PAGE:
Magnificent and Only Known Example of the 1927 Babe Ruth Film Babe Comes Home Theatre Banner - Colossal-Sized Dimensions Approx. 3' x 10'
All too often the phrase "one of a kind" is flippantly tossed about the hobby for those uniquely unearthed baseball relics. But in this case, no other banner for this movie or any early baseball movie has ever hit the collectibles market.
In 1927, Babe Ruth was on top of the world, already a four-time World Series champion and Major League Baseball's All-Time home run king. The 1927 New York Yankees, led by Ruth and Lou Gehrig of "Murderer's Row", remain the gold standard team, still considered the greatest team in the history of Major League Baseball. But Hollywood also had eyes on the Bambino, who by this point was a worldwide household name. In 1927, First National Pictures produced Babe Comes Home, a romantic comedy featuring the Babe virtually playing himself as Babe Dugan, a bombastic, overindulgent ballplayer who falls for his laundress, played by Anna Q. Nilsson. This was only the second film in which Ruth was tapped to star. And though the first "talkie" would not arrive until later that year (The Jazz Singer), Ruth's character was still magnified (in silence with subtitles) to the millions of movie fans who were captivated with his on-field exploits and gregarious off-field persona. 1927 was a year that Americans reveled in firsts as Henry Ford introduced his newest Model A design. The Jazz Singer changed the motion picture industry for good as the first major motion picture with the introduction of sound, familiarly referred to as "talkies", ultimately drawing the silent film era to an abrupt end. On May 20th, Charles Lindbergh became the first person and pilot to traverse the Atlantic Ocean solo and nonstop. And one week later, May 27th, the Babe Comes Home debuted in movie theatres nationwide. One such theatre was the Peerless Theatre in the little rural town of Kewanee, Illinois. The projectionist and manager of that movie house, Edward Lams, in 1927 for some unknown reason tucked this banner away for more than 90 years after it adorned the lobby of the Peerless, heralding the coming of the much-anticipated attraction.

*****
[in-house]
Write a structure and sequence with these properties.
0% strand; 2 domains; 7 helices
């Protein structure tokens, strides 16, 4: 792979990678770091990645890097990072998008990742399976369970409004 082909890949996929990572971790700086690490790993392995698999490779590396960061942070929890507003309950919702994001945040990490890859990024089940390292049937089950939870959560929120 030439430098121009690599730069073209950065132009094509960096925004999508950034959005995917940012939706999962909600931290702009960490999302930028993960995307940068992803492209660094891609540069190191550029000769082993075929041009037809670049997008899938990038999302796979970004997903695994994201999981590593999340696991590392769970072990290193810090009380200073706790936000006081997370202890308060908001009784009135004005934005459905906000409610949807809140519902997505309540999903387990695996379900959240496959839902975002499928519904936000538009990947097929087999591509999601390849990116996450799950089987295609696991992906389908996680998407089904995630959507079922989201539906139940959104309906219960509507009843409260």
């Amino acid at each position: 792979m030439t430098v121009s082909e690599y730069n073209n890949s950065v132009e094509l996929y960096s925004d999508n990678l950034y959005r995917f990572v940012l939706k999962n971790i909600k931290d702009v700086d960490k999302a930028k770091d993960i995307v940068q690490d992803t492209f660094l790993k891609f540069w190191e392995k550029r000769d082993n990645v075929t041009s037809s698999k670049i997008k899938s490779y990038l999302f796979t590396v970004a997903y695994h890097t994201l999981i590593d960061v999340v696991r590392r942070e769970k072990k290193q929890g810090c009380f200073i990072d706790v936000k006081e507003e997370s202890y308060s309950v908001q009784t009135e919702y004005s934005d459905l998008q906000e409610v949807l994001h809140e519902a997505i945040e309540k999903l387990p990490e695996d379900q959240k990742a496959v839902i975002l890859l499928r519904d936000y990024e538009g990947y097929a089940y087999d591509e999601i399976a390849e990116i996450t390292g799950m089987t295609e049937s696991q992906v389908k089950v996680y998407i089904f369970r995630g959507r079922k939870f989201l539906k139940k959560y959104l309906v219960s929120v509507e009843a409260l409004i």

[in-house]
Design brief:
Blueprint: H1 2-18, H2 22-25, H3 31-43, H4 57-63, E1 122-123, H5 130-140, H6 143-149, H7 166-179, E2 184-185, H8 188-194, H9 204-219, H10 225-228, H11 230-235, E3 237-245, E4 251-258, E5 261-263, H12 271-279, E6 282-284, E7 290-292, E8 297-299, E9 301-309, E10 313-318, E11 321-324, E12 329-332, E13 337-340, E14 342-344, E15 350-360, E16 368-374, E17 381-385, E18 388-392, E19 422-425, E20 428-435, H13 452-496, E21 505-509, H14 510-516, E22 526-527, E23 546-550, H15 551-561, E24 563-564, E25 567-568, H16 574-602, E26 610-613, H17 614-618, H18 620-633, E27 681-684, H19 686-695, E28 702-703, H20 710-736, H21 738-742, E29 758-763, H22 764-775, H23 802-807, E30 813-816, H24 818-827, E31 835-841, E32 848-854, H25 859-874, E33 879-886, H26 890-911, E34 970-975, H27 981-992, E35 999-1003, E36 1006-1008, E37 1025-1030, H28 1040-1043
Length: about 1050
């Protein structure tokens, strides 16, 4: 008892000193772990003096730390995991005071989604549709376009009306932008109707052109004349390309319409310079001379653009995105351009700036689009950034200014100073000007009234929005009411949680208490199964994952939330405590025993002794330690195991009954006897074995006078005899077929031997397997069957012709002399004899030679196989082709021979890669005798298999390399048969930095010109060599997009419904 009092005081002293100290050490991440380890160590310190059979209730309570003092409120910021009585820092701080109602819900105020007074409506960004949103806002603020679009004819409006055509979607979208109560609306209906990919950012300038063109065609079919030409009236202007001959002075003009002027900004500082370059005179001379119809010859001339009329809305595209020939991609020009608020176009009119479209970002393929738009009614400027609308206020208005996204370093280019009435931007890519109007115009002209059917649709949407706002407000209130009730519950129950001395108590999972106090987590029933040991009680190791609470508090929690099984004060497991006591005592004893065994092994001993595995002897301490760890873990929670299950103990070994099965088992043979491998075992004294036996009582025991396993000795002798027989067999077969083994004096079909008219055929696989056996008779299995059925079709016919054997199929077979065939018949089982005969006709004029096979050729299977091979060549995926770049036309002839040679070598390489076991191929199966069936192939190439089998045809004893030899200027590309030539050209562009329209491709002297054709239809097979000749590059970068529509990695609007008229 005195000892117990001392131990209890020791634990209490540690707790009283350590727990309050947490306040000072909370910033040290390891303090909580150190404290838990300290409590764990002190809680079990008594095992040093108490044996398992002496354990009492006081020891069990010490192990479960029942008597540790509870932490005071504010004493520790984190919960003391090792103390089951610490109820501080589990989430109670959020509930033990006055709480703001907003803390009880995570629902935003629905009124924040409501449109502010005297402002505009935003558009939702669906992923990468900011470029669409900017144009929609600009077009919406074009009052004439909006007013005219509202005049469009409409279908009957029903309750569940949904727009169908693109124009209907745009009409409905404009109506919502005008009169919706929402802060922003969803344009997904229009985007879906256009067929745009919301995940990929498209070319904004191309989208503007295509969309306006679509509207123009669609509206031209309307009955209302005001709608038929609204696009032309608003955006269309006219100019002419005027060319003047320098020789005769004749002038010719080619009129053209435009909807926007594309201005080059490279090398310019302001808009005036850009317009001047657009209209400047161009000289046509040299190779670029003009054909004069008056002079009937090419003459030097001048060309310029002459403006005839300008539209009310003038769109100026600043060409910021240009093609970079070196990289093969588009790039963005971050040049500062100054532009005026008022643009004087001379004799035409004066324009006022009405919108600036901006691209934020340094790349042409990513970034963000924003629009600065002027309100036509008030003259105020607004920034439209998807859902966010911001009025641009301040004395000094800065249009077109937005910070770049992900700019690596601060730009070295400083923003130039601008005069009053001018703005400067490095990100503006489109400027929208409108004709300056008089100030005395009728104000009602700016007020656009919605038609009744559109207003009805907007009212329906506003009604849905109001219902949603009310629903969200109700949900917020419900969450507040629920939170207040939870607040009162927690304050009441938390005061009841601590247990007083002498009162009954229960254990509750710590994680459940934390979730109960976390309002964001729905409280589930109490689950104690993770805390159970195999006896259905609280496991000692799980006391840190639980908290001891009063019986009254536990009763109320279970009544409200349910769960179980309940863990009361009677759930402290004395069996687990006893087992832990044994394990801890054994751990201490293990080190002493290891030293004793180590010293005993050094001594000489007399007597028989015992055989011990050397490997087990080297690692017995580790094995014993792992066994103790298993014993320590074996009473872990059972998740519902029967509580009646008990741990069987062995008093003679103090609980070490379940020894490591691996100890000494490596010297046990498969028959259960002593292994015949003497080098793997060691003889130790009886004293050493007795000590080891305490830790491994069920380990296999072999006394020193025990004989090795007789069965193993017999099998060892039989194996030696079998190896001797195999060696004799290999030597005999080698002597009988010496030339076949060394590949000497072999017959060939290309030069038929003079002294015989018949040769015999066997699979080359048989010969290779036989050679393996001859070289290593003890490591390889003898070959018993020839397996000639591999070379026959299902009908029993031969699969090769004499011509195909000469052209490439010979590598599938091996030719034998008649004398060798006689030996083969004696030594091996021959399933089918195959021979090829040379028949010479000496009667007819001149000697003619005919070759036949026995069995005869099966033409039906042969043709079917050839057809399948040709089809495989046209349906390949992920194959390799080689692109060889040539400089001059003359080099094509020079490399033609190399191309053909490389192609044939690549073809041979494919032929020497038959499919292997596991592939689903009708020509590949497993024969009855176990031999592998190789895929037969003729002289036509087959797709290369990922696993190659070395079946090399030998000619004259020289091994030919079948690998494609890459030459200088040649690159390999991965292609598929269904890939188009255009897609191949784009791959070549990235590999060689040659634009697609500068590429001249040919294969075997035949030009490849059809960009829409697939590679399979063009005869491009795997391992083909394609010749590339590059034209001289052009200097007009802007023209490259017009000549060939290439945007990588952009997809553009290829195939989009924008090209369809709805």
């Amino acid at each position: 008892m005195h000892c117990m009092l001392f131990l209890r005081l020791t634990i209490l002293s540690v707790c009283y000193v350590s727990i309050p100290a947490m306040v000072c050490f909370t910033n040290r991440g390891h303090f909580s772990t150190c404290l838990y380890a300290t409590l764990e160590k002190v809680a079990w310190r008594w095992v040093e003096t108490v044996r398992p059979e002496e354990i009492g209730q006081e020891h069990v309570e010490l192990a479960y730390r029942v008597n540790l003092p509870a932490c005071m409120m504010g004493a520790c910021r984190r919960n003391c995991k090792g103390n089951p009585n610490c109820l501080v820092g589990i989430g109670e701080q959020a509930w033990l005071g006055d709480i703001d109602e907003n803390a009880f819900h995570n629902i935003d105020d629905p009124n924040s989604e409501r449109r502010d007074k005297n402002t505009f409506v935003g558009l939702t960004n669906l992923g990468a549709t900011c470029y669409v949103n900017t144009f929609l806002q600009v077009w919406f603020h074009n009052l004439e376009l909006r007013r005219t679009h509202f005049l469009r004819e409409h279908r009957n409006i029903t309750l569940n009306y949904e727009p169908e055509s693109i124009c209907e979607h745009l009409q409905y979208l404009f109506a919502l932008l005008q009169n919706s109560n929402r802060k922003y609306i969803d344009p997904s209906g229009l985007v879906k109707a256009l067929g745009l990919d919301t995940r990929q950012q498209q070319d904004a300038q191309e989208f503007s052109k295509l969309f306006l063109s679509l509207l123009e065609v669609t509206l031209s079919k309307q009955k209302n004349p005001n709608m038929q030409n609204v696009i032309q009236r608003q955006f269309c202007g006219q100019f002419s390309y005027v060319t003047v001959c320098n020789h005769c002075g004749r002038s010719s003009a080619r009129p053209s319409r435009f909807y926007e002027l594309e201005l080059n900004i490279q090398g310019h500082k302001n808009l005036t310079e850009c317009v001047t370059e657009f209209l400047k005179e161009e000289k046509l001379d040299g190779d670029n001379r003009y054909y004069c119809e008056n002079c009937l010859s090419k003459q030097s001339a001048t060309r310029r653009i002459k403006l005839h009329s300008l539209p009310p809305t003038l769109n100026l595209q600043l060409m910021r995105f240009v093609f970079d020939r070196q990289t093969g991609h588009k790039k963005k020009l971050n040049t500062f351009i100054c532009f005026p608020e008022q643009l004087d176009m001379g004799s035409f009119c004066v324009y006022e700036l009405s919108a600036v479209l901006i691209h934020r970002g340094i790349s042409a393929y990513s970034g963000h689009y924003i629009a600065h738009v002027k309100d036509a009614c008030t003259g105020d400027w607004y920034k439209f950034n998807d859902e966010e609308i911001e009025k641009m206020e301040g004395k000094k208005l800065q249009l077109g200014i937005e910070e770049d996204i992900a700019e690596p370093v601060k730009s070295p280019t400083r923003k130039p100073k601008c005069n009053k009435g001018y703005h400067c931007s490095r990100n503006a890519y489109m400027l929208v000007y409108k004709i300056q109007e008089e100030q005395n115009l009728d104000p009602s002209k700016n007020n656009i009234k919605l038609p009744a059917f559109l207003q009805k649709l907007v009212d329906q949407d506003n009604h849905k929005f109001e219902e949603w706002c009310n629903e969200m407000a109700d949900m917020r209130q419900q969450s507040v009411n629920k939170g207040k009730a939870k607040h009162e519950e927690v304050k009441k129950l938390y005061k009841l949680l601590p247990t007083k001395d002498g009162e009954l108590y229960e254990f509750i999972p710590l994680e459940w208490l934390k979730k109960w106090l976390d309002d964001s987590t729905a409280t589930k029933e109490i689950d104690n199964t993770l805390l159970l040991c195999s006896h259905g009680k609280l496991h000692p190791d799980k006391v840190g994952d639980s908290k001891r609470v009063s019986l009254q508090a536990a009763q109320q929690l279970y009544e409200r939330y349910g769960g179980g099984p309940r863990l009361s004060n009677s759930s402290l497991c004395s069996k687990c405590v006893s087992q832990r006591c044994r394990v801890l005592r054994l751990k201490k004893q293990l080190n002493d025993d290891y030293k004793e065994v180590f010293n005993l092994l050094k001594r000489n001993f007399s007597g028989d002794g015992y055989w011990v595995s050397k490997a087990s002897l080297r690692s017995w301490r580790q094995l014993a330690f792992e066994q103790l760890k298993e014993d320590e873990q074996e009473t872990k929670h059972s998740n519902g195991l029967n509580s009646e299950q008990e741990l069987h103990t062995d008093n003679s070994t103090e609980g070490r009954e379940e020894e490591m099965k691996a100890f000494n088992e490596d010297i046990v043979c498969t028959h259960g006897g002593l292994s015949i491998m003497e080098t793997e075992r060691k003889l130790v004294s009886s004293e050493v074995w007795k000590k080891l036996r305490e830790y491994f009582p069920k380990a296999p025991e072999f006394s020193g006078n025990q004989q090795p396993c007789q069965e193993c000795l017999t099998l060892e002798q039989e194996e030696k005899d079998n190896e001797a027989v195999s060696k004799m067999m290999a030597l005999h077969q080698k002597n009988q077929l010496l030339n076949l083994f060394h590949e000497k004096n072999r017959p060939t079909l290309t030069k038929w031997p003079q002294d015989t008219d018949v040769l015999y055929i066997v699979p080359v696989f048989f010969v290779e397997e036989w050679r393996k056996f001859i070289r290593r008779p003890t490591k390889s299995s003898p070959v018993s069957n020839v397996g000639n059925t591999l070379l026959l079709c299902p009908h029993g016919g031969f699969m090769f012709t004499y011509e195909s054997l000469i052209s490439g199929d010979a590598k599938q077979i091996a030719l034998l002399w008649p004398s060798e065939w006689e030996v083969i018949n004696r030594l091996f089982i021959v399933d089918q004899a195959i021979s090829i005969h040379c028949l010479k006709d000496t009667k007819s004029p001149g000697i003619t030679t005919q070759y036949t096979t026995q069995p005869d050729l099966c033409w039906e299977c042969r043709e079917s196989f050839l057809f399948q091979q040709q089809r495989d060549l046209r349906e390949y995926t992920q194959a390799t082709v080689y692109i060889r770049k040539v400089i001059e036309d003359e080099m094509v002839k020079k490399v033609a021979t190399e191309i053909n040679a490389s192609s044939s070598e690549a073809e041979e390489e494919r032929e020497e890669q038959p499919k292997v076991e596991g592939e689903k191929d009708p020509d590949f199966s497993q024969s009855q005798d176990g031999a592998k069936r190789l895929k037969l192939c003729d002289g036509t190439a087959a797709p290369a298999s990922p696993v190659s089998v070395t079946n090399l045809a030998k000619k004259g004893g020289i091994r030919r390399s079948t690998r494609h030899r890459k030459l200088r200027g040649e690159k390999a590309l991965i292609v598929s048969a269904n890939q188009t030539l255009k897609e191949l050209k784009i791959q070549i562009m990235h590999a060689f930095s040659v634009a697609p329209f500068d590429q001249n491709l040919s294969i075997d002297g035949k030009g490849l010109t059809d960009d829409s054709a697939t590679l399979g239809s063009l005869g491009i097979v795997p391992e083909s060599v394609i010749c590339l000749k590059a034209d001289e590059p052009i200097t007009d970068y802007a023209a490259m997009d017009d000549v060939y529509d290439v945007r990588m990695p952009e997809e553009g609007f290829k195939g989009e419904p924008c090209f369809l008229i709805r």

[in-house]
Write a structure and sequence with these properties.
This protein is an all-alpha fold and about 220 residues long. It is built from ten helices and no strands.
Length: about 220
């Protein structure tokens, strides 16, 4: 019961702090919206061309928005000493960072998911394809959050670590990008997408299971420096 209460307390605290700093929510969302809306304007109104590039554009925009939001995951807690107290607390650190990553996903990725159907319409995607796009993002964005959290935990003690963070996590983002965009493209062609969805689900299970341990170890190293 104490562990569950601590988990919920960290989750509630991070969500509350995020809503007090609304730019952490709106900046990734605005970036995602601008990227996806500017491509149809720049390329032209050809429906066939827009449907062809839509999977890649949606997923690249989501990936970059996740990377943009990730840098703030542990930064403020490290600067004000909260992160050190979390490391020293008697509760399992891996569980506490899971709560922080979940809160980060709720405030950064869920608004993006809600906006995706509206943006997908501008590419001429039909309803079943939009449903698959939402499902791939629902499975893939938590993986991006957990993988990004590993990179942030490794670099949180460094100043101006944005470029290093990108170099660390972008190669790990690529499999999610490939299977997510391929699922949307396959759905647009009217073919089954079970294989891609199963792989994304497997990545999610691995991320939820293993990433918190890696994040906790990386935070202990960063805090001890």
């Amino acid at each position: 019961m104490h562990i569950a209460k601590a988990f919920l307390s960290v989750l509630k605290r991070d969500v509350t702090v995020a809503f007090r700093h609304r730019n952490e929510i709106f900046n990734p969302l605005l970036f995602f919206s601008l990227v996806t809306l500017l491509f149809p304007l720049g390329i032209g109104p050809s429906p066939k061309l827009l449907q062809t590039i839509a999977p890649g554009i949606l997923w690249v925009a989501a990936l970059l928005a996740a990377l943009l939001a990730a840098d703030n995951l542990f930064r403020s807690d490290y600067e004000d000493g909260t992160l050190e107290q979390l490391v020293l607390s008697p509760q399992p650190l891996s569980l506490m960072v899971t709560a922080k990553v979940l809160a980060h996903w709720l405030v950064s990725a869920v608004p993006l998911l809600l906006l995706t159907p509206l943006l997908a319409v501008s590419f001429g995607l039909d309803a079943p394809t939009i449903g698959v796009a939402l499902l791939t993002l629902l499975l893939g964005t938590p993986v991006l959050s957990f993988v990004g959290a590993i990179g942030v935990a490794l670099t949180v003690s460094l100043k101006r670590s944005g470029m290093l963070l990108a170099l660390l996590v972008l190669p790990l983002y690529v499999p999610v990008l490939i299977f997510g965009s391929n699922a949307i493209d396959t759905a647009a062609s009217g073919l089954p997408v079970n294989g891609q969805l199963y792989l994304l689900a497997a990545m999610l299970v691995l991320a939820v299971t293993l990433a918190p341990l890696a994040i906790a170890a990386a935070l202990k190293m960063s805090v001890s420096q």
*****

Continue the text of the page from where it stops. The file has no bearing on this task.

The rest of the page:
"Grampa Eddie" as he was affectionately known to his grandchildren, left the lights of vaudeville to run the Peerless Theatre from 1921 to 1952 in his beloved hometown. Unbeknownst to any family members, Grampa Eddie carefully stored this formidable showpiece in one of his closets in his home until it was discovered more than 90 years later by his daughter and grandchildren. So, this was an extraordinary find even for the family of Grampa Eddie who have consigned it directly to us. This piece has absolutely no restoration or in-painting of any kind and includes all of the original grommets from the 1920s as if it was just removed from the wall of the Peerless Theatre. Grinnell Lithographic Company of Islip, New York, was well known for movie posters and high-quality prints, specifically producing these types of banners on cheese cloth, a more lightweight material than the standard polyvinyl used today.
Measuring 35-3/4" high x 119" long, these banners were used not only on the interior, but also on the exterior of the houses as a beacon for potential theatre goers. The offered monumental banner shows the Babe on both ends, in more than life-size graphic full-color, as a ball player on the left and a love-struck gentleman on the right. The bold yellow and powder blue colors still remain as vibrant and bright as the day it was made. The dominating text of "FIRST NATIONAL PICTURES, INC. presents BABE RUTH in Babe Comes Home with Anna Q. Nilsson-Louise Facenza" across the center. Bordered in white with eight 3/8" grommets, four across the top and four on the bottom, the material shows minimal signs of wear other than a few insignificant spots of cheese cloth deterioration at left on the "B" in BABE (approx. 2" x 3/4") and one on both the left (approx. 2" x 1") and right (approx 1-1/3" x 2") sides where the blue and yellow colors converge. Hardly worth mentioning is the slightest of surface wear visible along some of the previous folds of the cloth as it was housed, folded and in a shopping bag for much of its shelf life. We cannot emphasize the ageless, almost time-capsule preservation, of this magnificent piece.
New York's American Museum of Natural History has for decades displayed a colossal Tyrannosaurus Rex skeleton as you enter the great hall. At the entrance of the Smithsonian Institute's National Air and Space Museum hangs the Spirit of St. Louis, Lindbergh's plane from his historic trans-Atlantic flight. The Henry Ford Museum of American Innovation houses not only his original "Model" cars, but also the actual bus in which Rosa Parks sat as she took a stand against segregation. These premier historic relics are the focal points and the most significant treasures around which all of the other artifacts are gathered. We believe that this Babe Comes Home banner is one such relic and we speculate that the National Baseball Hall of Fame should prominently display this showpiece at its entrance in Cooperstown, NY for all to admire.
Baseball cards be damned, no matter the breadth or value of any collection, this mammoth banner will unquestionably be the pinnacle piece of one lucky collector's treasures. Though Honus Wagner and Mickey Mantle cardboard heirlooms may currently dominate our hobby, the Babe was and is known the world over. This is undoubtedly the most significant display piece to ever be unearthed, let alone offered at public auction. Anyone would clear space on their wall to display this exceptional piece of baseball and film nostalgia. The next owner of this monumental showpiece will forever have the distinction as the person who owns the infamous Babe Ruth banner. ADDITIONAL SHIPPING CHARGES WILL BE $150 FOR THIS LOT
MIN BID $25,000